I was doing a book report on Shirley Temple and wanted short, curly hair like America’s Sweetheart for my presentation.
In 2000, before Internet shopping was common place, my parents searched all over to get me a Shirley Temple doll for Christmas. They eventually found one from a store in Connecticut.
Later as a high school senior I even dressed up as Shirley Temple for Halloween.
While my classic film love escalated to obsession in 2004, Temple was my first favorite movie star.
The first movie I saw with Shirley Temple was “Rebecca of Sunnybrook Farm’ (1938). It was a Christmas gift from my Grandmother. I was hooked as Temple sang about wearing an old straw hat, a pair of overalls and a worn out pair of shoes.
Years after she brought happiness to Americans during the Great Depression in the 1930s, the curly headed child star was still influencing and bringing happiness to a young girl in South Carolina.
The dimple faced, curly topped child star was the top box office draw of the 1930s.
The story told is that Temple was discovered in her dance class at age 3, hiding under a piano.
From 1932 until 1933, many of her films were shorts. Some were called Baby Burlesks, involving child actors like Temple dressing up like popular stars such as Mae West and Marlene Dietrich.
With her 56 pin-curls and song-and-dance films, President Franklin Roosevelt once said the United States couldn’t have made it through the Depression without her.
She also saved 20th Century Fox studio from bankruptcy, according to her obituary in the Los Angles Times.
She made 40 movies before she turned 12, and eight of those were in 1934.
Temple was the first child star to carry a full weight picture on her own; not as a secondary actor, according to Dickie Moore’s book “Twinkle, Twinkle Little Star (and don’t have sex or take the car). Her co-stars included top Hollywood names such as Carole Lombard, Gary Cooper, Joel McCrea, Alice Faye, Adolphe Monjou, Victor McLaglen and Lionel Barrymore.
She loved dancing with her friend Bill “Bojangles” Robinson and was didn’t understand why he was treated differently because he was black.
She met important figures such as President Franklin Roosevelt, head of FBI J. Edgar Hoover and Amelia Earhart.
Temple knew her lines and everyone else’s, frequently correcting the adult actors to their chagrin.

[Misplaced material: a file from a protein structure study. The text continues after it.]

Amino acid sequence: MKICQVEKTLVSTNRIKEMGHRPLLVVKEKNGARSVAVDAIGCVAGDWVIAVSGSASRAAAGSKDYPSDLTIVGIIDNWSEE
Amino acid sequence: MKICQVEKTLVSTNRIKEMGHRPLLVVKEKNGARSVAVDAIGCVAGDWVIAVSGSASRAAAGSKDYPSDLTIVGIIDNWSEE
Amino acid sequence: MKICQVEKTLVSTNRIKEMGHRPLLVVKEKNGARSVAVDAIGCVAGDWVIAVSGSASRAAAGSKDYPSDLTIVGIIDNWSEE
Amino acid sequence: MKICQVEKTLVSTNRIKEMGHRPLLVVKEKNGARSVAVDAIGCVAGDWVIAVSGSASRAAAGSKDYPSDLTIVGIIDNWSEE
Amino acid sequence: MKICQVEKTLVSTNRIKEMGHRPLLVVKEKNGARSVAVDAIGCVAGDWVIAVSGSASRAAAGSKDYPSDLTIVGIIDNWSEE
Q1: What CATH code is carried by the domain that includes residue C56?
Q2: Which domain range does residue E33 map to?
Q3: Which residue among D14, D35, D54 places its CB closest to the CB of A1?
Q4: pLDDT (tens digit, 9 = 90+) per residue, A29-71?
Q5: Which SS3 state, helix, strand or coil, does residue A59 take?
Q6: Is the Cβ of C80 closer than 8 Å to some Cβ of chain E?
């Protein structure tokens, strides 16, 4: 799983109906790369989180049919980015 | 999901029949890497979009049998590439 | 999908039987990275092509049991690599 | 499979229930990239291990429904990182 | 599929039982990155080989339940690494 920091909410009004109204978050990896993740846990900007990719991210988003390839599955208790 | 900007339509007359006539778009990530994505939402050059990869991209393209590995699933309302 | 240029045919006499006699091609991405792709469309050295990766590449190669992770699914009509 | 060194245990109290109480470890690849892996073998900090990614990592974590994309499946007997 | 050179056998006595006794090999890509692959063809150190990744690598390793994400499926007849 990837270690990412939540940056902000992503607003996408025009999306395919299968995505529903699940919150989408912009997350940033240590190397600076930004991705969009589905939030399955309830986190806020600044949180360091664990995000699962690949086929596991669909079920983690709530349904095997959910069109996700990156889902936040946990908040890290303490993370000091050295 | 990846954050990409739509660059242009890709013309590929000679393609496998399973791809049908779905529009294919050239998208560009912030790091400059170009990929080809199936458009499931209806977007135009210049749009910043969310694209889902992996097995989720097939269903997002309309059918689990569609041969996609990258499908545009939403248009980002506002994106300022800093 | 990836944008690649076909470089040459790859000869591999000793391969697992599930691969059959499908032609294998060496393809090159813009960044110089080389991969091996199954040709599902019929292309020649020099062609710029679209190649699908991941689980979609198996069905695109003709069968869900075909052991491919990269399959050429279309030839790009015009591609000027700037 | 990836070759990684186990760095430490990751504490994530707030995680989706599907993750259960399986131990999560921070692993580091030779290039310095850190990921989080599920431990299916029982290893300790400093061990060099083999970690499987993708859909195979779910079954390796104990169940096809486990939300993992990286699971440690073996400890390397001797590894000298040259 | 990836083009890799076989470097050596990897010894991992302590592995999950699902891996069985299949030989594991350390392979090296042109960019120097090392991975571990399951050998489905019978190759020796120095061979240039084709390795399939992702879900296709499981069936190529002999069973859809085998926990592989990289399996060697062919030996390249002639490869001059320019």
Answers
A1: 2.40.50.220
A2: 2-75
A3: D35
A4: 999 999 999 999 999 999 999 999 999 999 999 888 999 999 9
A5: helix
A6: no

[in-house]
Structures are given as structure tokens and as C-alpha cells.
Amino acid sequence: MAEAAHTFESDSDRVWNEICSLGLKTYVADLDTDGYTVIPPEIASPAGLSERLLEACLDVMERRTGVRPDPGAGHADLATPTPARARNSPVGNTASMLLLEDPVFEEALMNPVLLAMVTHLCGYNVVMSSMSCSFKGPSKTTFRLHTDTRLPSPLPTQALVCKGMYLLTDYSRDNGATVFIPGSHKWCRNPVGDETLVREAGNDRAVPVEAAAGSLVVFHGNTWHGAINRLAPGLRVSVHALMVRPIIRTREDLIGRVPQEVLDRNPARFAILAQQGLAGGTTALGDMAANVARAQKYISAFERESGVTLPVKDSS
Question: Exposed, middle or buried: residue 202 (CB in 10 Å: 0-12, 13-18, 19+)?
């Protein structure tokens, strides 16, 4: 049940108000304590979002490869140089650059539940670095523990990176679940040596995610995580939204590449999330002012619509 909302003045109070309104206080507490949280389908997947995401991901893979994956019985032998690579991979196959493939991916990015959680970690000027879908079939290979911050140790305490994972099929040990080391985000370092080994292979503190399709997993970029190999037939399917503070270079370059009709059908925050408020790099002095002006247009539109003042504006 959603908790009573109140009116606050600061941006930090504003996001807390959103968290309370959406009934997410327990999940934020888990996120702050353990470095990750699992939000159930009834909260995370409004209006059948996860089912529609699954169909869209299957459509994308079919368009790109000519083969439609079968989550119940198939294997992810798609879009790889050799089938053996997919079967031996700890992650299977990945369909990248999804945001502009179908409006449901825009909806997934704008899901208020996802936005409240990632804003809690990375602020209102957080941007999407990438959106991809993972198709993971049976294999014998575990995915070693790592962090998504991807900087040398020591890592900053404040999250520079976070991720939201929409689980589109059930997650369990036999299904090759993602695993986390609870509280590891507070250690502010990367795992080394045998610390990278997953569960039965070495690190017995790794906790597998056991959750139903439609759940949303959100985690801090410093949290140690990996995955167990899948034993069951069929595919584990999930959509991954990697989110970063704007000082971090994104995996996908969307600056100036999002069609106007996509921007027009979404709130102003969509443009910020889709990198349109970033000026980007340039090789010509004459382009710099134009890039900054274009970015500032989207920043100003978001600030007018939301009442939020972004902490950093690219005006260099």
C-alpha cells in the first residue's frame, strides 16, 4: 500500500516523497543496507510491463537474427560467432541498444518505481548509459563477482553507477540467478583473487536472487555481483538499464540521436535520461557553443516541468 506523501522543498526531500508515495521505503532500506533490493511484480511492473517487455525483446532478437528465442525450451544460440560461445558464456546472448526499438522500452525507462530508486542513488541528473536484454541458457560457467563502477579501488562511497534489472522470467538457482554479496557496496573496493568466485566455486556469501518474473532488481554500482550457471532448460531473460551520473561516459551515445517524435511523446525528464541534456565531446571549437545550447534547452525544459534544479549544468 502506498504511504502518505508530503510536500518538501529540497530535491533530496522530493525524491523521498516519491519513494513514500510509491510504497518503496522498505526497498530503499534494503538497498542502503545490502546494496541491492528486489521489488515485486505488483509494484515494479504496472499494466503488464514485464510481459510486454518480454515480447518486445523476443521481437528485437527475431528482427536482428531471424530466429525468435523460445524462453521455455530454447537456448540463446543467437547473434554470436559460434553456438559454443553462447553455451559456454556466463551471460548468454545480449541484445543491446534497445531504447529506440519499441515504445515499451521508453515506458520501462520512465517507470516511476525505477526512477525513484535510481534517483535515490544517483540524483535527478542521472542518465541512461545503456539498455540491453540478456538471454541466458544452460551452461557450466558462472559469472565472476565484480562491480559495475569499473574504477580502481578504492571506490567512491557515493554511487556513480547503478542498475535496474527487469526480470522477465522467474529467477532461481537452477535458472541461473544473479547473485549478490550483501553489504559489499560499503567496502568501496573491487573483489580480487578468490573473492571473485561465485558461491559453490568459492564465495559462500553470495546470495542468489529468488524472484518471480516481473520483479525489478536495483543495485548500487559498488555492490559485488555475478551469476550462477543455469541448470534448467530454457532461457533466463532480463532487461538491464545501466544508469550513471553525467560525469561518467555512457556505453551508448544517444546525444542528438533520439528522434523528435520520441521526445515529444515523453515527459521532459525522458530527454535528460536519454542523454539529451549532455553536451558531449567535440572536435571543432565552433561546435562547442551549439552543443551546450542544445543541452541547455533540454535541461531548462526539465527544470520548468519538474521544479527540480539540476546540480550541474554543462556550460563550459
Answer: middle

“She was a nice kid, with a really wonderful mother and father. We all liked her,” said actress Alice Faye who starred in “Poor Little Rich Girl” (1936) with Temple. “But she was brilliant. She knew everyone’s dialogue and, if you forgot a line, she gave it to you. We all hated her for that.”
Because of Temple, other parents hoped to get their children in films, so their children would be the breadwinners while the parents couldn’t find work during the Depression.
Temple was treated like a princess. She had a bowling alley and a life sized play house in her backyard.
However, even Hollywood’s greatest star faced difficulties.
Temple’s father had a hard time finding work, because employers assumed he had enough money because of Shirley’s films, according Moore’s book.
Temple was isolated from the other children. Many parents of child stars did this, because they didn’t want their children fraternizing with a child who may be competing for the same role.
However, publicity departments made it look like Temple had lots of friends. Each year she would have three birthday parties: one with other child actors, one on set with the crew and one with her family.
“The parties were endless…Fox would have one for a large number of people I didn’t know, a lot of children I’d never seen in my life and would never see again,” Temple told Moore. “And I was the hostess. It was kind of strange. I figured it was part of my job.”
Moore said Temple was sweet; the real problem was her stage mother Gertrude Temple. Gertrude was responsible for making sure Temple had the maximum amount of screen time. This included demanding a touching scene with child star Sybil Jason being cut from “Blue Bird” (1940).
Temple also faced the same fate as child star Jackie Coogan: her parents spent all of her money.
After marrying Charles Black, the couple looked at her finances that much of her money had been spent to support her family-what was left belonged to her parents. There should have been $356,000 in her account, but her father, George, disobeyed court orders and kept the money, according to BBC.
The transition from child star to teenager was difficult for Temple as it is with other stars.
However, Temple starred in several charming films as a teenager such as “Kathleen” (1941), “That Hagen Girl” (1947) and my all-time favorite film “Since You Went Away” (1944).
Though I was sad when I heard the news of Shirley Temple’s death at age 85 on February 10, I remembered she had a long life.
After leaving her film career behind at age 22, Temple went into politics.
In 1968, she was a delegate to the United Nations and in 1974 was an ambassador to Ghana, according to Temple’s USA Today obituary.
After divorcing John Agar, her husband of five years, Temple was married to Charles Black for 55 years until his death in 2005.
She said in her autobiography that in her adult life, the child actress seems more like a dream or a younger sister to her.
Though she is gone, Temple will continue to bring happiness to film fans as she has continued to do for the last 80 years.
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